9. Mar 11, 2010 #8
    Ok imagine you are a little peice of metal, as you start to move through a magnetic field you recieve a 'push' increasing your speed. This happens until you reach half way when the magnet begins to drag you back. So although you have passed into another fields 'push' you are still being 'pulled' back by the previous magnet.

    The upshot of this is even with a perfect (no loss) system the very best you can achieve is the magnets will sustain the motion indefinately.

    When you try to then extract something, in this case electricity via the use of copper wires the 'turbine' will grind to a halt. As any current made, generates a magnetic field of its own (which acts in the opposite direction 'driving' field).

    I'm going to try an analogy:
    The way you are envisioning this is like a merry go round, with someone giving it a push every time the magnets come round does round. What you aren't realising is that trying to extract electricity from the system is like someone is standing opposite you pushing back in the opposite direction with more force than you are pushing forward with.
     
    Last edited: Mar 11, 2010
  10. Mar 11, 2010 #9
    Lets say the bottom magnets face has a polarity of + and the magnets on the turbines, lets their faces have a polarity of + too. The negative faces of these magnets are facing in the opposite direction, couldn't these negative faces, as well as the copper wires, be insulated to reduce the drag, so that only the positive polarities interact?
     
  11. Mar 11, 2010 #10
    It makes no difference what so ever. It's not a matter of trying to tweak it, the entire concept is totally unsound. sorry.

    No matter what you do, static magnetic fields will not create nor sustain motion indefinately in a real system.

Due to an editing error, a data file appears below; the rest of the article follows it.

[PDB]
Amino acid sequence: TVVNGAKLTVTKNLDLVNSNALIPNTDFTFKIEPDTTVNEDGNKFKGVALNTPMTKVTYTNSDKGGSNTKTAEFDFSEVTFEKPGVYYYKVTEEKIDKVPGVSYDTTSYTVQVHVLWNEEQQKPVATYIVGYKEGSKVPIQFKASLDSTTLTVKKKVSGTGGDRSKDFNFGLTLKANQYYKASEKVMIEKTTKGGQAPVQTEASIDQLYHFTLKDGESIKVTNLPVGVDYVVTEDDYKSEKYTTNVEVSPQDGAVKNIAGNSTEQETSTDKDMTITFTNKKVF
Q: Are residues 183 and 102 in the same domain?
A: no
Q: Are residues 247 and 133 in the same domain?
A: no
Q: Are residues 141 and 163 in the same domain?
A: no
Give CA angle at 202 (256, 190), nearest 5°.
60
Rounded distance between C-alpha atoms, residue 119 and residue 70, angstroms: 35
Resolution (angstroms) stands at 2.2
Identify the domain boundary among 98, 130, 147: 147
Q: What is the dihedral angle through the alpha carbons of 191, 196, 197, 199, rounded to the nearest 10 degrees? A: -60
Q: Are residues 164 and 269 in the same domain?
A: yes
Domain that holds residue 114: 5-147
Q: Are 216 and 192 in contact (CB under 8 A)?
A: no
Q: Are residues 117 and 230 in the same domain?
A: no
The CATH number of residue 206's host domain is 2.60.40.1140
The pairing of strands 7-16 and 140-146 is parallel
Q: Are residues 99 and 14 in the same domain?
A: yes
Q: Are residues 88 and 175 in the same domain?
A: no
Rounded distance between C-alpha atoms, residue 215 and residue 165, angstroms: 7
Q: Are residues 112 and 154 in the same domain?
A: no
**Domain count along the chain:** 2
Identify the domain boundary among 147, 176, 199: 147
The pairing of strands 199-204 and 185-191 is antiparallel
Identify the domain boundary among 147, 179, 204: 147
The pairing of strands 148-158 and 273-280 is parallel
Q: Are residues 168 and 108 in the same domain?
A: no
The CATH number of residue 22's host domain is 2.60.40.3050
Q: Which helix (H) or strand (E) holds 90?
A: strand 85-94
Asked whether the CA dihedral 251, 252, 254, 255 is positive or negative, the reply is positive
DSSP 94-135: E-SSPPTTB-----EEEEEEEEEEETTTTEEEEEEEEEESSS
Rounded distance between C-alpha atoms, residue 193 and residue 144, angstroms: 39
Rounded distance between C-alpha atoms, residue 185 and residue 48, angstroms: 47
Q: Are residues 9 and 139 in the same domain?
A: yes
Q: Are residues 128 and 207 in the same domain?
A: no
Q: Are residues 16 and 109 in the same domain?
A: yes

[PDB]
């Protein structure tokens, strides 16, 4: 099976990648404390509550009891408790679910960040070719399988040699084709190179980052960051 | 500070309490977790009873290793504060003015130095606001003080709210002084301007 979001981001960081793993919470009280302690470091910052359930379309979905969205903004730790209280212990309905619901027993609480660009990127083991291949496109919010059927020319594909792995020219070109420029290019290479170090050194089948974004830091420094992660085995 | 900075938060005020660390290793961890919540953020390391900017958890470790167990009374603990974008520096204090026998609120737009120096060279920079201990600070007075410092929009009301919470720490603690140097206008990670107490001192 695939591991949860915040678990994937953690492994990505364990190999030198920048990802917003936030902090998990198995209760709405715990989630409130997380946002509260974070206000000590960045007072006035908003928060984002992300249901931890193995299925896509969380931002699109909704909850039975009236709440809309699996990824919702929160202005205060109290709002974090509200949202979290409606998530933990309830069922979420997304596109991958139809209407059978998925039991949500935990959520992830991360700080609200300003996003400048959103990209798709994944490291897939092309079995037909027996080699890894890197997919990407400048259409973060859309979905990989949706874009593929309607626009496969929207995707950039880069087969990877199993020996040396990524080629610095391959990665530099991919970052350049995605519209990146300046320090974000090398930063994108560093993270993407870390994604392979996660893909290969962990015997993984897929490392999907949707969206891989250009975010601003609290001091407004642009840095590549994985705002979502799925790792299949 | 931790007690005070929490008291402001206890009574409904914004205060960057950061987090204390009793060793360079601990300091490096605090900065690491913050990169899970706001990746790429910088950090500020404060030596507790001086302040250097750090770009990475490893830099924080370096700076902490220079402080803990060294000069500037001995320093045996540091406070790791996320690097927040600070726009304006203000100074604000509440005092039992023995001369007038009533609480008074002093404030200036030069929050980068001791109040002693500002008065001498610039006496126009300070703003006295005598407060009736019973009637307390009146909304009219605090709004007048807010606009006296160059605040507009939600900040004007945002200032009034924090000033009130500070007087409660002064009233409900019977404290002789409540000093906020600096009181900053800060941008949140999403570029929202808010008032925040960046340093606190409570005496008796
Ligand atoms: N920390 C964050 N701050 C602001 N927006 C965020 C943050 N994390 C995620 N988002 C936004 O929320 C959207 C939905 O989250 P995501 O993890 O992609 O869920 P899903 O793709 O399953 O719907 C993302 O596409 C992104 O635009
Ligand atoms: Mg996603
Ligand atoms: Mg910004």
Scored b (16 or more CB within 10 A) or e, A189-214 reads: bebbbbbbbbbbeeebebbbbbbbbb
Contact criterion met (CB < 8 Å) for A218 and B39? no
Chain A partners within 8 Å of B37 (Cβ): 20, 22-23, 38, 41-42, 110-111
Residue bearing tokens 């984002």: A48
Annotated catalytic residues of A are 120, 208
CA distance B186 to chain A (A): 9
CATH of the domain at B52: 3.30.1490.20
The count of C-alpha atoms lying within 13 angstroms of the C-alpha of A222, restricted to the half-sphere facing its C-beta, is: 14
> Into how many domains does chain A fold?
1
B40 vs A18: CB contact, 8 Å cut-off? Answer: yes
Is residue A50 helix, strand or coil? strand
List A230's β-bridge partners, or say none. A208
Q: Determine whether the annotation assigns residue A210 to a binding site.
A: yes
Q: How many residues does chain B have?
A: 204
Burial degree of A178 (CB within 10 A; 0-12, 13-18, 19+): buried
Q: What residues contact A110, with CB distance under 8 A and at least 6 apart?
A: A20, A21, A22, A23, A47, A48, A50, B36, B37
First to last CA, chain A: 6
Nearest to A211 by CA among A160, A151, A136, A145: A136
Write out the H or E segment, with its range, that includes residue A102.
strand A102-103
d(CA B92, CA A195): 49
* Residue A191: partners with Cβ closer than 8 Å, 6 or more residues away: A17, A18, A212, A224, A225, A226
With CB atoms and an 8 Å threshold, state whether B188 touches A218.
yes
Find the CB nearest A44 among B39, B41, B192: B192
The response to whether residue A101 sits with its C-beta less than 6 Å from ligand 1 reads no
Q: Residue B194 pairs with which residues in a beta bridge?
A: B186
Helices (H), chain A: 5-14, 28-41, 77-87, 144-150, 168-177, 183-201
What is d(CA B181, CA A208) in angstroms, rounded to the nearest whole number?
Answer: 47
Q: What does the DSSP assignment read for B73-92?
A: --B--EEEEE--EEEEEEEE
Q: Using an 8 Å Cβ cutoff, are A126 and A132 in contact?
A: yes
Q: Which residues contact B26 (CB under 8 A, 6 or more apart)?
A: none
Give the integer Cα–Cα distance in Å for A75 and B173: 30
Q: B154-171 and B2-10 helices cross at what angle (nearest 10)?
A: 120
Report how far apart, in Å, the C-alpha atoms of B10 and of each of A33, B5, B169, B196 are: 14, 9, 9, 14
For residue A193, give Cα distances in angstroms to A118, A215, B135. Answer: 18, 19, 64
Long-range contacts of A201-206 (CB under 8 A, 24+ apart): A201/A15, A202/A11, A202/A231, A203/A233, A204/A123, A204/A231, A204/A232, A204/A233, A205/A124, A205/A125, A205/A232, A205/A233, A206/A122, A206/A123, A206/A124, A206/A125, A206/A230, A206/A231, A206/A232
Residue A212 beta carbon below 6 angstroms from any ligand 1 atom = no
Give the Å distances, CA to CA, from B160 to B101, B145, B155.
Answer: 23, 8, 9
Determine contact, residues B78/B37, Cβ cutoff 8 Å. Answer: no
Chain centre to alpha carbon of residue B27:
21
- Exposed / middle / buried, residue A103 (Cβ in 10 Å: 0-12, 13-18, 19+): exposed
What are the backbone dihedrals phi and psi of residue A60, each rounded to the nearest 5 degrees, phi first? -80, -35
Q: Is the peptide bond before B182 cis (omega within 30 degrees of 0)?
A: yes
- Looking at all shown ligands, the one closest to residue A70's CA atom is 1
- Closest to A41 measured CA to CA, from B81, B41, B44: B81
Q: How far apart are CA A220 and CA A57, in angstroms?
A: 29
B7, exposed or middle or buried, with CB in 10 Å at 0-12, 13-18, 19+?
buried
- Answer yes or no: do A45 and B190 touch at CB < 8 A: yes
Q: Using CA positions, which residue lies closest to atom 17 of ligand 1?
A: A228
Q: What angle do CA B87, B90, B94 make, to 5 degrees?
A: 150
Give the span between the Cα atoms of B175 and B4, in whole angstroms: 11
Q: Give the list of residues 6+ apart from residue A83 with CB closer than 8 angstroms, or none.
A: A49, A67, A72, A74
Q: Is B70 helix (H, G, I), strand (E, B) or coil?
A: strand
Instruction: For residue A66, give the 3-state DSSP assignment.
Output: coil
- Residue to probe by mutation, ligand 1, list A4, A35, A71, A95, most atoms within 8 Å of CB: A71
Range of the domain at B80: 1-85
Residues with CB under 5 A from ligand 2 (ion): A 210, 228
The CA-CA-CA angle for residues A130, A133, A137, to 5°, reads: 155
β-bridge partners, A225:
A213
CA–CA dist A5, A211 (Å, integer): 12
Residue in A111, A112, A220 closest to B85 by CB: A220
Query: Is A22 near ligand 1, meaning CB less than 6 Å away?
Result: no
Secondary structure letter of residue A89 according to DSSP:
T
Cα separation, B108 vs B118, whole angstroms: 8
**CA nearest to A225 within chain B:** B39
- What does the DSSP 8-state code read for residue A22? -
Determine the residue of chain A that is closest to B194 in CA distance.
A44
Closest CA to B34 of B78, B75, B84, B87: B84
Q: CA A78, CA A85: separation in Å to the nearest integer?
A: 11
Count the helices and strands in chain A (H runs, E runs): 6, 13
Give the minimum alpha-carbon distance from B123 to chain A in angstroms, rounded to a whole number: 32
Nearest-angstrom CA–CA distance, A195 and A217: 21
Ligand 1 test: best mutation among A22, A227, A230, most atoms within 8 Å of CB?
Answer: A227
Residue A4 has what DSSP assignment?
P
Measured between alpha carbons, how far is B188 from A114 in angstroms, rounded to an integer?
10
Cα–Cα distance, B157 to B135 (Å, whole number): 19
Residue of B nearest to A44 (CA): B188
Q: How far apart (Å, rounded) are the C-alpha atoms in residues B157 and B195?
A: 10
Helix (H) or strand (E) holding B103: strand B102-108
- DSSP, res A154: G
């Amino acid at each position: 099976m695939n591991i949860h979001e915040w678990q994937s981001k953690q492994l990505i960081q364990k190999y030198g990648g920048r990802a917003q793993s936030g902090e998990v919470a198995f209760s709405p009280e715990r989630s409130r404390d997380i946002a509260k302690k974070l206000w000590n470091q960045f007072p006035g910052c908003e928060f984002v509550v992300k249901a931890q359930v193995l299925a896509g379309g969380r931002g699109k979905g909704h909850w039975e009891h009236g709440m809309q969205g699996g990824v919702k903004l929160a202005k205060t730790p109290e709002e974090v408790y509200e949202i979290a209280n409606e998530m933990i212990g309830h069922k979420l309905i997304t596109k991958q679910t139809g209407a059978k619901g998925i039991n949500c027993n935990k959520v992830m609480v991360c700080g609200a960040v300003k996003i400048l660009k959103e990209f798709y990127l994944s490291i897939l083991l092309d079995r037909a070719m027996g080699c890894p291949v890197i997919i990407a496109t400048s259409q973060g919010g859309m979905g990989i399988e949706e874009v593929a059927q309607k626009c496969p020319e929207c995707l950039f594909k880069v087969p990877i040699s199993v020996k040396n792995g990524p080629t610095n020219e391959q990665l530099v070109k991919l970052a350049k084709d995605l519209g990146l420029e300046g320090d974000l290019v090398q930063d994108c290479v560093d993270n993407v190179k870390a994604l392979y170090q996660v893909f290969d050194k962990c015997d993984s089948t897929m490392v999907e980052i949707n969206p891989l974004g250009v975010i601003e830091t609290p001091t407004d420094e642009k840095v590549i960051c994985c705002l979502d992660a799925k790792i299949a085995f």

12. Mar 11, 2010 #11
    But, as you can see in the attached images, the force would be stronger where the magnets were closer together, and weaker where they are further apart. So the person trying to push on the one side is alot weaker than the one pushing on the other. Not so?
     
  13. Mar 11, 2010 #12
    Try and make me understand, because as far as I can see it, there is a counter for every bit of logic that you provide.
     
  14. Mar 11, 2010 #13
    No... not so.

    Not only is it totally impossible to get this to sustain motion indefinately as you have both magnetic hysteresis, and friction losses from bearings to contend with.

    The act of trying to remove energy is like putting a brake on a car. It acts to retard the motion.

    That really is the end of it. The concept simply will not work, not even in theory.

    Frankly I don't have the time nor the inclination to teach you the concepts of classical electomagnetism required for you to 'believe me'. Even basic theory says this can't work, you don't want to believe us then that is your perogative.

    Classical electomagnetism is the topic you need to read up on. Go forth and read up (wikipedia doesn't count).
     
  15. Mar 11, 2010 #14
    I see. If I take water out of a glass, and I wanted the glass to remain fill then something needs to refill the glass with water, but what if the water that was already there, refilled itself. If these magnets are permanent, then their energy never needs renewing, and so outputting energy wouldn't necessarily negatively affect the amount of energy produced. Right?
     
  16. Mar 11, 2010 #15

    berkeman

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    Staff: Mentor

    Okay, so you are talking about perpetual motion after all. Please re-read the Rules link at the top of the page. Thread closed.